5 Indian aviation films that you must not miss

These films are the Indian equivalents to a 'Sully' or 'Con Air' and are no pushovers

5 Indian aviation films that you must not miss
Scenes from Neerja (top) and Rang De Basanti

Aviation as a genre has been pretty underutilised by the Indian film fraternity, but some of the films that have actually been made are definitely worth a watch. There are indeed Indian aviation films that have succeeded to hold the viewers' attention. There have been films reliving horrific plane hijackings, dramatic repatriations, albeit with liberal doses of dramatisation thrown in, as is 'normal' in Indian cinema. A legendary aviation entrepreneur figures in the mix too, with a major regional film drawing inspiration from his life story. There have been works of fiction too.   

Here are 5 Indian aviation films that have been worth their weight in salt:

1. Neerja (2016)

This critically-acclaimed film takes the viewers through one of the most spine-chilling hijackings in aviation history -- that of Pan Am Flight 73 on September 5, 1986. Starring Sonam Kapoor in the lead role and Shabana Azmi and Shekhar Ravjiani in supporting roles, and directed by Ram Madhvani, this film traces the story of the flight's head purser Neerja Bhanot, who gave her life to save the passengers. It is widely held that but for her courage and presence of mind, the situation could have been much worse than it actually was. 

Twenty-two-year-old Bhanot insists on keeping her job as a flight attendant though her mother is against it. She is driven to the airport by her friend Jaideep. During the flight, she reflects on her failed marriage with Naresh, a professional in Doha. She remembers the abuse she had to face over dowry and her 'lack' of domestic skills. She had left Naresh and returned home and later went on to join Pan Am Airways of the US. 

The Boeing 747 en route from Mumbai to New York that Bhanot is flying in is hijacked by members of the Abu Nidal Organisation, a Libyan-sponsored Palestinian terrorist group. Bhanot quickly alerts the cockpit crew by using the hijack code, which allows the American pilots to escape and thus ground the plane.

The hijackers are getting more and more agitated and start killing people. The negotiators lose control of the situation. Meanwhile, Bhanot, who has her birthday two days later, opens an envelope given to her by Jaideep, which is his love confession. It also has a cookie. Bhanot eats it to symbolise her acceptance of Jaideep's love.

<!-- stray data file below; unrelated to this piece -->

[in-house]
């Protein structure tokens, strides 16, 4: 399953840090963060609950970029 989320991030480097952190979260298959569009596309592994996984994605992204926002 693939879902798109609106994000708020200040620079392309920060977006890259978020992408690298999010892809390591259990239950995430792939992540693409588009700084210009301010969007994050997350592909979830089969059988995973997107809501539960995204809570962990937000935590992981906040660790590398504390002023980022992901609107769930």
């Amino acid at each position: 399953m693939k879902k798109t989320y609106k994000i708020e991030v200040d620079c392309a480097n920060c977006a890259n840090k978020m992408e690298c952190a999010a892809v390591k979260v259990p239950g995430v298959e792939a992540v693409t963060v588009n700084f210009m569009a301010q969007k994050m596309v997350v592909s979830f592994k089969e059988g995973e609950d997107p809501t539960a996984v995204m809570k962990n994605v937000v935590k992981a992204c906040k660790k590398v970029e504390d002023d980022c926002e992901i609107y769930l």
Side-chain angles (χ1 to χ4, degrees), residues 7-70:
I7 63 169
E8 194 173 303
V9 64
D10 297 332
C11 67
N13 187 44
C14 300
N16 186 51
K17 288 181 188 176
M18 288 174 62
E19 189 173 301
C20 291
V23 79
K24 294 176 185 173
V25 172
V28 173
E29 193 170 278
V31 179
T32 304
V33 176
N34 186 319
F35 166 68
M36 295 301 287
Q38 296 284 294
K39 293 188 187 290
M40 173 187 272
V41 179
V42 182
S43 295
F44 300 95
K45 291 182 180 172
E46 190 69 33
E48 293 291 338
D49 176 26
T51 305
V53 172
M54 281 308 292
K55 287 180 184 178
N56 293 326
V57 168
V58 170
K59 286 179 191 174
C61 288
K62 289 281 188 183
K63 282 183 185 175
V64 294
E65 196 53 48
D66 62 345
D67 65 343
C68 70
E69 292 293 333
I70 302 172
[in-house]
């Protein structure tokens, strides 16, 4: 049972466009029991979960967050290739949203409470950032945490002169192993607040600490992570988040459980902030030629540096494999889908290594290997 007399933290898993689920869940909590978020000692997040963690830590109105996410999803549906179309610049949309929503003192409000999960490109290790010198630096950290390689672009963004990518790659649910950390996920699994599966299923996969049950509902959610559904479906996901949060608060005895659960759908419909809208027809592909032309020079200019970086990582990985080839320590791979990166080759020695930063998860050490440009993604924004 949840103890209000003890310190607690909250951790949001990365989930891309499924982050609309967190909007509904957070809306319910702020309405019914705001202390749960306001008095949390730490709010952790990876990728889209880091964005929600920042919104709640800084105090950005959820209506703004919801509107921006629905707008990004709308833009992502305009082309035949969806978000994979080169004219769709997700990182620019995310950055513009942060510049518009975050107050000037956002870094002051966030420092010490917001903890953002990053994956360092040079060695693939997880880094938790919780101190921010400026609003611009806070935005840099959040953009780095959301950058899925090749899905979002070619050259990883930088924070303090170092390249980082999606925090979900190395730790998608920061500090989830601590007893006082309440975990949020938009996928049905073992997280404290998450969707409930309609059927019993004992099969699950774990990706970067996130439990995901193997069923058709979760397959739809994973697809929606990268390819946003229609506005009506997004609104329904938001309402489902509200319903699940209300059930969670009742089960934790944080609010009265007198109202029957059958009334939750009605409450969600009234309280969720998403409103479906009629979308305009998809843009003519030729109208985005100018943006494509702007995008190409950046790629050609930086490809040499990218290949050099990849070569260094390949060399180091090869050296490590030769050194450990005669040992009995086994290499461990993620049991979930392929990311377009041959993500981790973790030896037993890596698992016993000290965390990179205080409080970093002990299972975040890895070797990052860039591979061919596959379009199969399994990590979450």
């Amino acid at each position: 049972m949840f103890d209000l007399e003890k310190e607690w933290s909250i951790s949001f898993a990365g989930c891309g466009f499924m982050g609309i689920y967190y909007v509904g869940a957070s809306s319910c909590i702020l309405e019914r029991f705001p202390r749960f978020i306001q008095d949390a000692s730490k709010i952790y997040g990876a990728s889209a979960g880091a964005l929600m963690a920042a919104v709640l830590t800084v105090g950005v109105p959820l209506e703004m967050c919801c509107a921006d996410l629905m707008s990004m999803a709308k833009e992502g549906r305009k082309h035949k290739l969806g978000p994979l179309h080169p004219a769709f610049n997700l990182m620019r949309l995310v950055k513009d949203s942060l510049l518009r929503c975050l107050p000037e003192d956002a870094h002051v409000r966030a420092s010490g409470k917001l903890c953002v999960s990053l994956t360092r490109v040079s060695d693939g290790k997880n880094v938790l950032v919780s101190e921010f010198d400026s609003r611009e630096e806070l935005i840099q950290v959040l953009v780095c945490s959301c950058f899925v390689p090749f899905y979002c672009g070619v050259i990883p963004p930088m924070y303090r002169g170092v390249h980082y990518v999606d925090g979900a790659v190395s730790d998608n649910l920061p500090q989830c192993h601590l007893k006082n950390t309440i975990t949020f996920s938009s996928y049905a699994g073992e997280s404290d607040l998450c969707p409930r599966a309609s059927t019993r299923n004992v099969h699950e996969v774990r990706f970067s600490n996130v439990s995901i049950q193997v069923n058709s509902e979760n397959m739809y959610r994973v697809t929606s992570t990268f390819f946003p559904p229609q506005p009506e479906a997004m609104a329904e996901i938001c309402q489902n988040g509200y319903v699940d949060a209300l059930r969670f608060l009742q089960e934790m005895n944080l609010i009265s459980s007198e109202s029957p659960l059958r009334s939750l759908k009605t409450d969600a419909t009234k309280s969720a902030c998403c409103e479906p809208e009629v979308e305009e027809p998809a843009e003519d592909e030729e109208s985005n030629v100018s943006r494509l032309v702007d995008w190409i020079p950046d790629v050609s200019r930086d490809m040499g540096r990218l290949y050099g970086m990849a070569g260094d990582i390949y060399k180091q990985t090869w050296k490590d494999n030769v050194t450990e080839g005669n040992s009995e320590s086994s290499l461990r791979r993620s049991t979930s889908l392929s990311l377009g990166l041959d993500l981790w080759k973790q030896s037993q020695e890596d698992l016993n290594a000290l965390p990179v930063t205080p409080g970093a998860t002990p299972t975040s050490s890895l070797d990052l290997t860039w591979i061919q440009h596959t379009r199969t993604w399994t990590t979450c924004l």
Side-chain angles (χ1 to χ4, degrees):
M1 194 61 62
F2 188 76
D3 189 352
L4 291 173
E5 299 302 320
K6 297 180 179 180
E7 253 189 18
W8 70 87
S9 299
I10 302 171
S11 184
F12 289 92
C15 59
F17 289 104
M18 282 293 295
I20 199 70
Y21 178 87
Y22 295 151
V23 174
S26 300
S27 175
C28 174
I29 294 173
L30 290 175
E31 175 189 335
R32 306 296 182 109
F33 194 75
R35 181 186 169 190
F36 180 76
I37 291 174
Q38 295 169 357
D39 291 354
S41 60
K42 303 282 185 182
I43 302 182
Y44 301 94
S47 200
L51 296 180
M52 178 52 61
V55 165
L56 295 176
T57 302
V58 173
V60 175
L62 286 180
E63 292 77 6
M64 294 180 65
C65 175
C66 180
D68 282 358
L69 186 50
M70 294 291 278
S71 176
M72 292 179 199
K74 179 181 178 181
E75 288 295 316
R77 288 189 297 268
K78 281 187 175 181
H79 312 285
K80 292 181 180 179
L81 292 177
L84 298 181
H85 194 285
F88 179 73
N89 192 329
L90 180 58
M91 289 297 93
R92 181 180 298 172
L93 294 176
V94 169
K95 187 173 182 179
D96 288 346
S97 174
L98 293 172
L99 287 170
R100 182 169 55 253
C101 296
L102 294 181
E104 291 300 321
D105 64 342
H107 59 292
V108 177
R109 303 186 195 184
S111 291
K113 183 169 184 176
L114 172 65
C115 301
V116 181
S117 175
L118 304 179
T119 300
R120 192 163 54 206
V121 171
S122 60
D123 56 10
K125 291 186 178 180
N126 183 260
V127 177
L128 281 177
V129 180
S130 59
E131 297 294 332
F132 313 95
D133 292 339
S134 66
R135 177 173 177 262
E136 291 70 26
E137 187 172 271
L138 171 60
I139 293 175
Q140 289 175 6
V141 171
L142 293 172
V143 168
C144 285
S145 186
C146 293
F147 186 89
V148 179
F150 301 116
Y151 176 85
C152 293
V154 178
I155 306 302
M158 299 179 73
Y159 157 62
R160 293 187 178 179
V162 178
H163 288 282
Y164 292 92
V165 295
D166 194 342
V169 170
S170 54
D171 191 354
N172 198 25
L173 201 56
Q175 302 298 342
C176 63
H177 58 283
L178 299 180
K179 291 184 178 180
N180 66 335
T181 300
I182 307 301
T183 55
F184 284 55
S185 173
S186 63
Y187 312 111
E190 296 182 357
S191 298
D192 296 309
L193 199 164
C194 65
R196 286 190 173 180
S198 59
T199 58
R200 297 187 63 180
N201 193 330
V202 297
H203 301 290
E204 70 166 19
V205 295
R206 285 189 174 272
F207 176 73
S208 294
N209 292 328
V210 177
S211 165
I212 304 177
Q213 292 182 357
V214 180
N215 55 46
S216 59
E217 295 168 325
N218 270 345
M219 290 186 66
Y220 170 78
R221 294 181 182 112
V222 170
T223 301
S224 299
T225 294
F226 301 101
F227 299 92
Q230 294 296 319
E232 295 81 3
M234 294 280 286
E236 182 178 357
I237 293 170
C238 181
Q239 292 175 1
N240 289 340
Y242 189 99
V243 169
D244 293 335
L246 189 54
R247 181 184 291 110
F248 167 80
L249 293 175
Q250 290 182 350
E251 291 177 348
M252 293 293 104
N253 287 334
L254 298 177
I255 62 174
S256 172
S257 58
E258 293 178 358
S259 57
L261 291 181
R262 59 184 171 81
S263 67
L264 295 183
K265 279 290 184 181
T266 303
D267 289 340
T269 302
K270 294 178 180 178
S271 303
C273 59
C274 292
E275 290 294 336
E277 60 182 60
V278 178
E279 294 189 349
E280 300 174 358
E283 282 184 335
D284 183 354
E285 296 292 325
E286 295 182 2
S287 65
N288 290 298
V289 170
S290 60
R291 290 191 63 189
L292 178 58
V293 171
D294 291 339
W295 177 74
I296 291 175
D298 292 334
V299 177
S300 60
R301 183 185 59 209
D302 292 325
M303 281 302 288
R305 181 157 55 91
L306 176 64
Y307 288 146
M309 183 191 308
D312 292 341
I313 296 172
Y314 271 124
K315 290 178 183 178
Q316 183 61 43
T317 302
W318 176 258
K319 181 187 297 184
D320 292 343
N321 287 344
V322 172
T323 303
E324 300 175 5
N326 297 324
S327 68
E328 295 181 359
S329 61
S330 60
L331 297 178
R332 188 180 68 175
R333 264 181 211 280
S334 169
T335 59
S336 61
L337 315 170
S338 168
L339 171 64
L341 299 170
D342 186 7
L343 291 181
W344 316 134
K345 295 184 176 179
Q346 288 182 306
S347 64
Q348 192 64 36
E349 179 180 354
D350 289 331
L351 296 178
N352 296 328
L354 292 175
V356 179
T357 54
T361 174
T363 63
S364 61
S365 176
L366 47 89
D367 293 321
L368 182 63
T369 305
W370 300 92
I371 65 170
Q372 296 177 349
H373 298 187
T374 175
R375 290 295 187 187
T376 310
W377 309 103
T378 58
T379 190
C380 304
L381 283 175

The hijacking drags on and around 17 hours later, the plane starts losing auxiliary power. The hijackers mistake it as a plot to corner them and the precursor to a commando raid. They panic and open indiscriminate fire.

Bhanot opens the emergency exit and deploys the chute, choosing to help the passengers to escape first. She is shot fatally while trying to shield three children. She drags herself down the emergency slide before dying. Sadly, her lover never knows that she had accepted his love proposal. The film has edge-of-the-seat drama and leaves a lump in the throat in the end. 

Also read: 10 top aviation movies, one among them from India

The film ends with a rich tribute to Bhanot, who was posthumously conferred India's highest military award -- the Ashok Chakra. The film won many awards and became one of the highest-grossing Bollywood films featuring a female protagonist.     

2. Airlift (2016)

This film has contextual significance in the present time when India had undertaken a massive exercise called the Vande Bharat Mission (VBM) to repatriate its citizens stuck in foreign countries during the time of the Covid-19 pandemic.

Directed by Raja Krishna Menon, Airlift stars Akshay Kumar and Nimrat Kaur. It grossed over Rs 2 billion in global markets and won many awards. 

The film is set against the backdrop of India's mega repatriation of its citizens from Kuwait in 1990 after Saddam Hussein's Iraq invaded Kuwait that led to the First Gulf War. Air India, with the support of the Indian Air Force (IAF), helped to evacuate an estimated 1.7 lakh people from the strife-torn country, making it India's biggest repatriation exercise till the VBM came about. 

The film centres around Ranjit Katyal (Akshay Kumar), a Kuwait-based businessman, who hates India as he believes that India had never done anything for its people, and prefers to call himself a Kuwaiti.

After a night of partying, Katyal wakes up to a phone call by his friend that negotiations between Iraq and Kuwait had broken down and Iraqi troops had invaded Kuwait. Katyal and his driver make their way to the Indian embassy in an attempt to take their family and flee Kuwait.

However, Katyal's driver is killed by the Iraqi army. Katyal receives help from an acquaintance in the Iraqi Republican Guard, who ensures the safety of Katyal and his family.

Meanwhile, Katyal learns that the Kuwaiti government had fled into exile and around 1.7 lakh Indians were stranded.

The story then moves to how Katyal used his connections to organise the evacuation of the stranded Indians. He persuades a top-ranking bureaucrat in the Indian foreign ministry to get national carrier Air India to lead the evacuation mission and the Indian embassy in Jordan to issue permits.

Katyal reaches Jordan from where Air India and Indian Airlines planes were to take the refugees home. The thankful Indians salute Katyal, who feels remorseful for having disowned India for so long and vows not to do it again. He acknowledges that he was wrong to think that India did not help its people in need. 

3. Rang de Basanti (2006)

Without a doubt, the biggest name on the list, this film boasts of megastar Aamir Khan and frontline actors R Madhavan, Kunal Kapoor, Soha Ali Khan, Kirron Kher, Om Puri, Anupam Kher and Sharman Joshi, as well as the legendary Waheeda Rehman. Directed by Rakeysh Omprakash Mehra, this film won the National Film Award for Best Popular Film and was nominated for Best Foreign Language Film at the 2006 BAFTA Awards. It was chosen as India's official entry for the Golden Globe Awards and the Academy Awards in the Best Foreign Language Film category.